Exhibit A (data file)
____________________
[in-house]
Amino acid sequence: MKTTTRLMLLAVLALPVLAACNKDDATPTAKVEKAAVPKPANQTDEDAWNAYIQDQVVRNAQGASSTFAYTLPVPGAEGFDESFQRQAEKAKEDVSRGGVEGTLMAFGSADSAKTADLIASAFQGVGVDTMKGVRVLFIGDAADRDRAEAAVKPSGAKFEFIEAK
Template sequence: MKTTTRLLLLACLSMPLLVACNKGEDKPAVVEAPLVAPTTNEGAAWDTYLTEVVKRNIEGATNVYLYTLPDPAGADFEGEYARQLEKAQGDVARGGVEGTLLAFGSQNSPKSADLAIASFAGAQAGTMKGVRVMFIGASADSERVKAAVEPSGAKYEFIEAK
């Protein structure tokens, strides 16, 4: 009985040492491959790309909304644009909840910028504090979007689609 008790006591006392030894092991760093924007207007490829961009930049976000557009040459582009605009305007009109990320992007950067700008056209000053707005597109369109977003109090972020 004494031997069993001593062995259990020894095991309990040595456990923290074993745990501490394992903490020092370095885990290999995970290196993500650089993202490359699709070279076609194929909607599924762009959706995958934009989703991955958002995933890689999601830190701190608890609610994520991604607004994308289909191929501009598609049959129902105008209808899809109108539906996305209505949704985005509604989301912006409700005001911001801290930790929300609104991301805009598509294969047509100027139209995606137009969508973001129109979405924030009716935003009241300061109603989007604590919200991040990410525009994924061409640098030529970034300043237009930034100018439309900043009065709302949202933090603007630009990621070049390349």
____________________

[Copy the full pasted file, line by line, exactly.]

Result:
[in-house]
Amino acid sequence: MKTTTRLMLLAVLALPVLAACNKDDATPTAKVEKAAVPKPANQTDEDAWNAYIQDQVVRNAQGASSTFAYTLPVPGAEGFDESFQRQAEKAKEDVSRGGVEGTLMAFGSADSAKTADLIASAFQGVGVDTMKGVRVLFIGDAADRDRAEAAVKPSGAKFEFIEAK
Template sequence: MKTTTRLLLLACLSMPLLVACNKGEDKPAVVEAPLVAPTTNEGAAWDTYLTEVVKRNIEGATNVYLYTLPDPAGADFEGEYARQLEKAQGDVARGGVEGTLLAFGSQNSPKSADLAIASFAGAQAGTMKGVRVMFIGASADSERVKAAVEPSGAKYEFIEAK
């Protein structure tokens, strides 16, 4: 009985040492491959790309909304644009909840910028504090979007689609 008790006591006392030894092991760093924007207007490829961009930049976000557009040459582009605009305007009109990320992007950067700008056209000053707005597109369109977003109090972020 004494031997069993001593062995259990020894095991309990040595456990923290074993745990501490394992903490020092370095885990290999995970290196993500650089993202490359699709070279076609194929909607599924762009959706995958934009989703991955958002995933890689999601830190701190608890609610994520991604607004994308289909191929501009598609049959129902105008209808899809109108539906996305209505949704985005509604989301912006409700005001911001801290930790929300609104991301805009598509294969047509100027139209995606137009969508973001129109979405924030009716935003009241300061109603989007604590919200991040990410525009994924061409640098030529970034300043237009930034100018439309900043009065709302949202933090603007630009990621070049390349």